Texas put on one of IndyCar’s best shows in 2023. It could be off 2024 schedule, per source.

As Penske Entertainment brass continue to work to put the finishing touches on its 2024 IndyCar calendar, the series runs the risk of seeing its longest continuous-running stop (outside the Indianapolis Motor Speedway) not being run — even for just next year.

After 27 consecutive visits, dating back to the Indy Racing League’s stop as part of its 1996-97 campaign, and 36 races overall, there’s a legitimate chance Texas Motor Speedway will be absent from IndyCar’s final 2024 schedule. The schedule, that is likely to include the welcomed addition of Milwaukee and the recently-announced $1 Million Challenge exhibition race at The Thermal Club, is targeted to be unveiled before the end of the month, sources within the paddock have confirmed to IndyStar.

Despite the latest contract with Texas, unveiled during last fall’s schedule release, having been framed as a multi-year deal, there are several scheduling hurdles that could keep the race off the 2024 schedule.

Such a situation, though, could be a one-year pause in the relationship while the sides evaluate how to slot in an annual date.

As sources explained to IndyStar, NASCAR is eyeing March 24 for its stop at Circuit of the Americas — a race that, for the past couple years, has been run and promoted by TMS. With Easter weekend immediately following, IndyCar had April 7 slotting in nicely to the current schedule.

With the addition of the made-for-TV, non-points-paying event at The Thermal Club outside Palm Springs, Calif. next year, the series would’ve had a single off-weekend each from St. Pete to Thermal, Thermal to Texas and Texas to Long Beach, leading into a back-to-back with Long Beach, Barber and then the jam-packed Month of May at IMS.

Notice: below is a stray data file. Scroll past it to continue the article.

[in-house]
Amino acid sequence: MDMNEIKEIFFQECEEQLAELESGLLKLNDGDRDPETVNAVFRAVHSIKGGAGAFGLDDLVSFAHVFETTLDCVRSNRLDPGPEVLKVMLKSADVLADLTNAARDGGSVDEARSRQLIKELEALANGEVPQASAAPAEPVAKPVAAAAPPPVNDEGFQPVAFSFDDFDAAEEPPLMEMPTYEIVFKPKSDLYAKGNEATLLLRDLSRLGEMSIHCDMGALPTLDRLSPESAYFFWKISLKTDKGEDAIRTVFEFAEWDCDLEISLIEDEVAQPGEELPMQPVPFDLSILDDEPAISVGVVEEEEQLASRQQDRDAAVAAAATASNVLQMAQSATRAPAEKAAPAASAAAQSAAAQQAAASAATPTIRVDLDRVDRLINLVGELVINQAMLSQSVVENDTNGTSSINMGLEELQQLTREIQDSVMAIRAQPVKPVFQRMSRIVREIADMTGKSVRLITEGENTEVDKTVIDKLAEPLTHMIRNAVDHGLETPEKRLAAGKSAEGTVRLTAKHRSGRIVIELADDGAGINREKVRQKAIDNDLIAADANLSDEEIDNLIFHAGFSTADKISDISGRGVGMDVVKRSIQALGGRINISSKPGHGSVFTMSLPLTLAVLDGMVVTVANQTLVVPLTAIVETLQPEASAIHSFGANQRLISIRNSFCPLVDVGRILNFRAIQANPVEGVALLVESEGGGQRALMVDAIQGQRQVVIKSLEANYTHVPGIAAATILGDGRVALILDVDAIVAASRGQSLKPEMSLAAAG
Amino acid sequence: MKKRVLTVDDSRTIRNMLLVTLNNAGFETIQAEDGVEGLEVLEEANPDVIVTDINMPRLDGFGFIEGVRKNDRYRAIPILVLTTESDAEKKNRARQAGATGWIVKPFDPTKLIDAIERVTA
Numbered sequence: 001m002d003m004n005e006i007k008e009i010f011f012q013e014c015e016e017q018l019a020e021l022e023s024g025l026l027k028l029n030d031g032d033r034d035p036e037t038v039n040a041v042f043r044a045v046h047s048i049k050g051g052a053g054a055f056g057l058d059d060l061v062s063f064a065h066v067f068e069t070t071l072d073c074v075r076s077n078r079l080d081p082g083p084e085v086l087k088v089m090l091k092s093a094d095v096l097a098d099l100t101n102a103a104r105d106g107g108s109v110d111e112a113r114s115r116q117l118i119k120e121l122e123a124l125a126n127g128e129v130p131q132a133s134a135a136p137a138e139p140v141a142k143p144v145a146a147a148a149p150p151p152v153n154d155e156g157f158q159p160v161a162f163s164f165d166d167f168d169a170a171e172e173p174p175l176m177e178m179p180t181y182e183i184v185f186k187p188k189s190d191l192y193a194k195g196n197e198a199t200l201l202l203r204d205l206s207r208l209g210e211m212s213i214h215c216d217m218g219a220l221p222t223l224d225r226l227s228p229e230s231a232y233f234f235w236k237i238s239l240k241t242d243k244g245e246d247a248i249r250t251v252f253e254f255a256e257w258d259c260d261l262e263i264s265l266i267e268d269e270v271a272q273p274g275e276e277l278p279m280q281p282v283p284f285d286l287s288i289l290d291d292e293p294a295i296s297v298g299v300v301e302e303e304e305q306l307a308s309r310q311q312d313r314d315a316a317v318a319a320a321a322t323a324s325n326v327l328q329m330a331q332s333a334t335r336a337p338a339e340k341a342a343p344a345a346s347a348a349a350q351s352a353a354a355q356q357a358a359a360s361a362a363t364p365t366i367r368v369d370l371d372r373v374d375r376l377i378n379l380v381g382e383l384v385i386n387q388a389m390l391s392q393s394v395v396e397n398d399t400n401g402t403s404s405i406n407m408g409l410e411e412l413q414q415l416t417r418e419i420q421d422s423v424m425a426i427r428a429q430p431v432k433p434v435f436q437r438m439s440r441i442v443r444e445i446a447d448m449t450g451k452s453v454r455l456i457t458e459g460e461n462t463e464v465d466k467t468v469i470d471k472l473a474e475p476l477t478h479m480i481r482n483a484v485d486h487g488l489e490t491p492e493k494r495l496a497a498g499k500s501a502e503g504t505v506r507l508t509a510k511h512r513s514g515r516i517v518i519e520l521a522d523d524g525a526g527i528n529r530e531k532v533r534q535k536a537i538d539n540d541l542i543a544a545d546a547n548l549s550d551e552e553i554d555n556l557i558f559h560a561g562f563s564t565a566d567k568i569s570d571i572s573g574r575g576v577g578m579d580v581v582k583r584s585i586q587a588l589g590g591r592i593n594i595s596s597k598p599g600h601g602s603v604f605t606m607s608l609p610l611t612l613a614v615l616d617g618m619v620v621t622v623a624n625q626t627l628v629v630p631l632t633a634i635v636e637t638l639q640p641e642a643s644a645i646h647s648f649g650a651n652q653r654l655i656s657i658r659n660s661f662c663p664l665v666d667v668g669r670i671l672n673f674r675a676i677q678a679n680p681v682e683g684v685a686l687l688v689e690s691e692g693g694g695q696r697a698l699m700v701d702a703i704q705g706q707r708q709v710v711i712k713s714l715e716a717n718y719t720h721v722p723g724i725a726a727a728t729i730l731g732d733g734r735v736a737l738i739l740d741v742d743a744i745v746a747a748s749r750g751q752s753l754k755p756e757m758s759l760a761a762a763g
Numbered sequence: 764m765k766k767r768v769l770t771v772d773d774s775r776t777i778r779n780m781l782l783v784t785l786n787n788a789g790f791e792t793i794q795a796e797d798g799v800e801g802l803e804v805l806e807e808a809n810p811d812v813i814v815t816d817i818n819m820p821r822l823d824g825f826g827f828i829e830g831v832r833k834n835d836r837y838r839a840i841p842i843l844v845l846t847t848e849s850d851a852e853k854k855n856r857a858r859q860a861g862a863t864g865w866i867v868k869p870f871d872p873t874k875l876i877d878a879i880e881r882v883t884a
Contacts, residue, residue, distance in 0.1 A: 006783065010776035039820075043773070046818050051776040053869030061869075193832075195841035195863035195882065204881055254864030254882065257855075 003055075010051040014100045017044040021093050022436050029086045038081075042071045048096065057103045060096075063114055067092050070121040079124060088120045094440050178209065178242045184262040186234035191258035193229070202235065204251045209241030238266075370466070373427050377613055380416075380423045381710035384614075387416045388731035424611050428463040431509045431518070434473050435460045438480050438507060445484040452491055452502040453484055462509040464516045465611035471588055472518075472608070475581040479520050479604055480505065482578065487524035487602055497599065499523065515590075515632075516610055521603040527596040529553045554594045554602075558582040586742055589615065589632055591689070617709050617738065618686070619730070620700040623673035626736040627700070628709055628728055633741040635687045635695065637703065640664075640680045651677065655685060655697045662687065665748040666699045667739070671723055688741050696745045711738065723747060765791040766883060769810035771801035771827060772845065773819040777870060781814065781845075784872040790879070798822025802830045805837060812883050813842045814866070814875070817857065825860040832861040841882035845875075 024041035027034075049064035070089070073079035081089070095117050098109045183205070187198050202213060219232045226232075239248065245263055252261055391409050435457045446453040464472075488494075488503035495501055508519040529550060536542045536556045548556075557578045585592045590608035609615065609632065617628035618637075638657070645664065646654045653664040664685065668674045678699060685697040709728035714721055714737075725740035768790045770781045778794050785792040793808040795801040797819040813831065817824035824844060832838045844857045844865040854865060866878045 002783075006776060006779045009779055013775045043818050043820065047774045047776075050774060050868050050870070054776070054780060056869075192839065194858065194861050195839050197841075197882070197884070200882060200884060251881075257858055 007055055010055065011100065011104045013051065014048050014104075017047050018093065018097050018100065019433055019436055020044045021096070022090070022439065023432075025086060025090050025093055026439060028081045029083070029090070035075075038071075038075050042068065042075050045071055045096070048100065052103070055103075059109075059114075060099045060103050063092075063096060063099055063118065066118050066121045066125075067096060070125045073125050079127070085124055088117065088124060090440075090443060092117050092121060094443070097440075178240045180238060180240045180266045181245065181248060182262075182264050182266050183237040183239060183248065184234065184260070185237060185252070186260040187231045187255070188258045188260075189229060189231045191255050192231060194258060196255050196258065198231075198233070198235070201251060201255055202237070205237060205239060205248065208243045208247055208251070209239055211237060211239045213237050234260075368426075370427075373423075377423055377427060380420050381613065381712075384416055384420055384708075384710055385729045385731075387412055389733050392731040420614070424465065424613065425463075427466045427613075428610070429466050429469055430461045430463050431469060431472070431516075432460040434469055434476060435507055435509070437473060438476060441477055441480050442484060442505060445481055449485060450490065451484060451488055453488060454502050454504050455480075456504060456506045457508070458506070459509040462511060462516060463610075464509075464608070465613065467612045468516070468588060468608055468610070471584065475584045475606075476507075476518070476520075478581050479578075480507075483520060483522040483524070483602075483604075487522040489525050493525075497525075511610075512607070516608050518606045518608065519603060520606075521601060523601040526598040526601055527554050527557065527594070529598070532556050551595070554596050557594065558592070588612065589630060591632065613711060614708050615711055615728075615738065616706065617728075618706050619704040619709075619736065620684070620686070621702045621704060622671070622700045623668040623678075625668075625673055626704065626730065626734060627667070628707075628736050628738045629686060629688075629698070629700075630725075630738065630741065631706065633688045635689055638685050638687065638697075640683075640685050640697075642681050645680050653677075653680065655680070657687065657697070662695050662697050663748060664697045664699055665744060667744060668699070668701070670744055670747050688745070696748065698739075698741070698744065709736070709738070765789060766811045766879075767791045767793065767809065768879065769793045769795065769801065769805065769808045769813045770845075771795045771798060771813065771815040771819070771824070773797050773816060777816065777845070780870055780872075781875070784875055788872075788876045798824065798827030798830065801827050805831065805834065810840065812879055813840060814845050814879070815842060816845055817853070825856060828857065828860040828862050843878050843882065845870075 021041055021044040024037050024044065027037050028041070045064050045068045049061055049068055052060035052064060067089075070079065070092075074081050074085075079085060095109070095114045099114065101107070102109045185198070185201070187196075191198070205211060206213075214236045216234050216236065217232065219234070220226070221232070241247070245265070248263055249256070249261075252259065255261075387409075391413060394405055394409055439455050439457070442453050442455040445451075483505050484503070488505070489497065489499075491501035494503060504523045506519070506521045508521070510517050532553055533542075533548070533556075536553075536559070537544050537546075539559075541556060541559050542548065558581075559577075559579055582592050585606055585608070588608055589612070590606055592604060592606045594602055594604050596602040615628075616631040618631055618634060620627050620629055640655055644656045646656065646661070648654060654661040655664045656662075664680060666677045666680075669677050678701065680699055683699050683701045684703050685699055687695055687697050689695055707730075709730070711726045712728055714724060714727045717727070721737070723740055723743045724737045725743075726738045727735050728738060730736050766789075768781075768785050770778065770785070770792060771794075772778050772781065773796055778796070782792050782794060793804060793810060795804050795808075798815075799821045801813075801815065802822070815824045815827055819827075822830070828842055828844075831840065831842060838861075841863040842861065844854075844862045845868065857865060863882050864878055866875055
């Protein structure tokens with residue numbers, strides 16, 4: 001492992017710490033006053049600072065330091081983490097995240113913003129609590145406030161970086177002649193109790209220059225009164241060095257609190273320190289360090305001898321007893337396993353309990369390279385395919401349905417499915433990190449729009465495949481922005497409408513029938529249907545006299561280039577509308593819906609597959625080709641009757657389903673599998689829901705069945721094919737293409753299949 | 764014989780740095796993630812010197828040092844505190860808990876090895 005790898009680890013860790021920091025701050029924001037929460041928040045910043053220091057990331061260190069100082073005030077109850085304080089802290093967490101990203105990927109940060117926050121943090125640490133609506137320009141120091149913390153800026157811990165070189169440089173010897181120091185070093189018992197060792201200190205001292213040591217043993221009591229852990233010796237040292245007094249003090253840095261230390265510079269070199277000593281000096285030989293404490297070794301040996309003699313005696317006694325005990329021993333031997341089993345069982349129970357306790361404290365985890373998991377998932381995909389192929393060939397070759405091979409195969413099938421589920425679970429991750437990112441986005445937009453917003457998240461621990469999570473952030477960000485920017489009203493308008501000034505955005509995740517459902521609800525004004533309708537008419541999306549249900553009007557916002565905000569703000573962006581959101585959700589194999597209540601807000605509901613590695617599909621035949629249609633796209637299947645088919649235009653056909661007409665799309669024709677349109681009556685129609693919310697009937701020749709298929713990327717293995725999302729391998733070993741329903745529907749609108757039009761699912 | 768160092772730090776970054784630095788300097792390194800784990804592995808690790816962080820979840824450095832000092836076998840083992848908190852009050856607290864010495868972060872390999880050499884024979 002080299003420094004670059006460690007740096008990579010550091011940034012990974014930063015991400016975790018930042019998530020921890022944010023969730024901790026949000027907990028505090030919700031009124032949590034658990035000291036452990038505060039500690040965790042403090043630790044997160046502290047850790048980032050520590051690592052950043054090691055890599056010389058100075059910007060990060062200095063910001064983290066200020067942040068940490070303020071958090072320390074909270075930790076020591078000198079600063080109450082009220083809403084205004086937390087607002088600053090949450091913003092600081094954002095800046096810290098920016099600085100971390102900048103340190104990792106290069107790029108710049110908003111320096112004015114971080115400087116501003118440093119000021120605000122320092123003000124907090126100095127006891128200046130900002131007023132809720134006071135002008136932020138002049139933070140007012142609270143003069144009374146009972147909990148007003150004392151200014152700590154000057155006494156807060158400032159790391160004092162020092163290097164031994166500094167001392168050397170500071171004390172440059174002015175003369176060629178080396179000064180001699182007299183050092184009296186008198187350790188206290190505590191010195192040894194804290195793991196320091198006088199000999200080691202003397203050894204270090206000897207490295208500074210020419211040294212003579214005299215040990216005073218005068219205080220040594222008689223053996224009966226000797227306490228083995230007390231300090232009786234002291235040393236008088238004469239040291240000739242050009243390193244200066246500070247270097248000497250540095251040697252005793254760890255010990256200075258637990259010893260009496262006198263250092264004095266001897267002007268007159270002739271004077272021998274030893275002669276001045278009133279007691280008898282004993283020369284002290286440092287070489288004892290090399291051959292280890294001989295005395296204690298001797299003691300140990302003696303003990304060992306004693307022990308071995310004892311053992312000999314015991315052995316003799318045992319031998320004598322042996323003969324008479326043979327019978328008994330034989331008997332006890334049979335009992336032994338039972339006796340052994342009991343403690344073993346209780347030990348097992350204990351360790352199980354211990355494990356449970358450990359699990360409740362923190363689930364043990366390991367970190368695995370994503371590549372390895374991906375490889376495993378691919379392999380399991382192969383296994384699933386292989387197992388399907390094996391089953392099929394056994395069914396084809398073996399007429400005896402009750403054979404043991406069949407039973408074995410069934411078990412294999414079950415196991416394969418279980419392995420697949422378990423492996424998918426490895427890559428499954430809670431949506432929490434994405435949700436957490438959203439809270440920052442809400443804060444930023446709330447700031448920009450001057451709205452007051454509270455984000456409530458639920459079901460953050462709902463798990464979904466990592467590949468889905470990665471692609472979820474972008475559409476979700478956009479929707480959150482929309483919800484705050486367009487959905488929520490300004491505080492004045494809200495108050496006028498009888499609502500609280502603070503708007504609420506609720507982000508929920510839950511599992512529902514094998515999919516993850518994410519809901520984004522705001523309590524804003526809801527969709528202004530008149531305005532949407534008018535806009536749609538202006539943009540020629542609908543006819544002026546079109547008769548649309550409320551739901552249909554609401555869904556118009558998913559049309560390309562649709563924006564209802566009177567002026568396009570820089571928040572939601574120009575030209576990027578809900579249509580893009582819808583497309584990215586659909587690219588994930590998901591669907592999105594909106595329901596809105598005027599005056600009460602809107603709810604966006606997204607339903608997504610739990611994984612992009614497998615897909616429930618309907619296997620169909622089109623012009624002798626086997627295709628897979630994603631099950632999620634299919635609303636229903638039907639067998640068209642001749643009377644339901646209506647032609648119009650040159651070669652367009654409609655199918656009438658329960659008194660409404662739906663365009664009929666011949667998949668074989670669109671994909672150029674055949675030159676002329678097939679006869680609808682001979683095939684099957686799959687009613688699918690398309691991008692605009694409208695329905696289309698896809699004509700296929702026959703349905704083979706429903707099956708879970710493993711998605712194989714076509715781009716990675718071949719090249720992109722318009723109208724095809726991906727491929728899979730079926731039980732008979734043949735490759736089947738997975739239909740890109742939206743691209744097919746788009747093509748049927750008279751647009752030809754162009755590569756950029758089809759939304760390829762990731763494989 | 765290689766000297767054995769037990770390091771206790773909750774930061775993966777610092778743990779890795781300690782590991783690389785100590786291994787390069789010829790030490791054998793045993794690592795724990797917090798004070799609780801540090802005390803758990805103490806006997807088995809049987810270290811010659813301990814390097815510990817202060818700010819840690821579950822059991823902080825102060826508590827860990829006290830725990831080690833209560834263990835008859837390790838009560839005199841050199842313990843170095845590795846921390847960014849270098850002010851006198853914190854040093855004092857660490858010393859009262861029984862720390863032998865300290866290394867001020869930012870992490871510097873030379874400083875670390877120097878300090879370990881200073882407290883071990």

But TMS, having seen its slate of NASCAR Cup series stops trimmed in recent years from two races to a points-paying race and the All-Star race (2021-22), and this year just one single, is said to have been reevaluating when to hold that event. This weekend, TMS will host playoff races for Cup and Xfinity, but one fall stop and its inherent conflict with Dallas Cowboys football is less-than-ideal.

A better fit?

Shifting that Cup and Xfinity weekend out of the playoffs and back to the spring — a move that, if IndyCar’s race was scheduled as wished, could have the two largest racing series in the country on back-to-back weekends at the same track.

And with longtime TMS president Eddie Gossage no longer at the helm — who had long championed to host a NASCAR-IndyCar doubleheader weekend — there doesn’t appear to be a strong desires to combine the two series into one giant racing weekend akin to the grand weekend IMS has hosted since 2020.

Looking to the future: If NASCAR-IndyCar partnership is meaningful, it must continue after IMS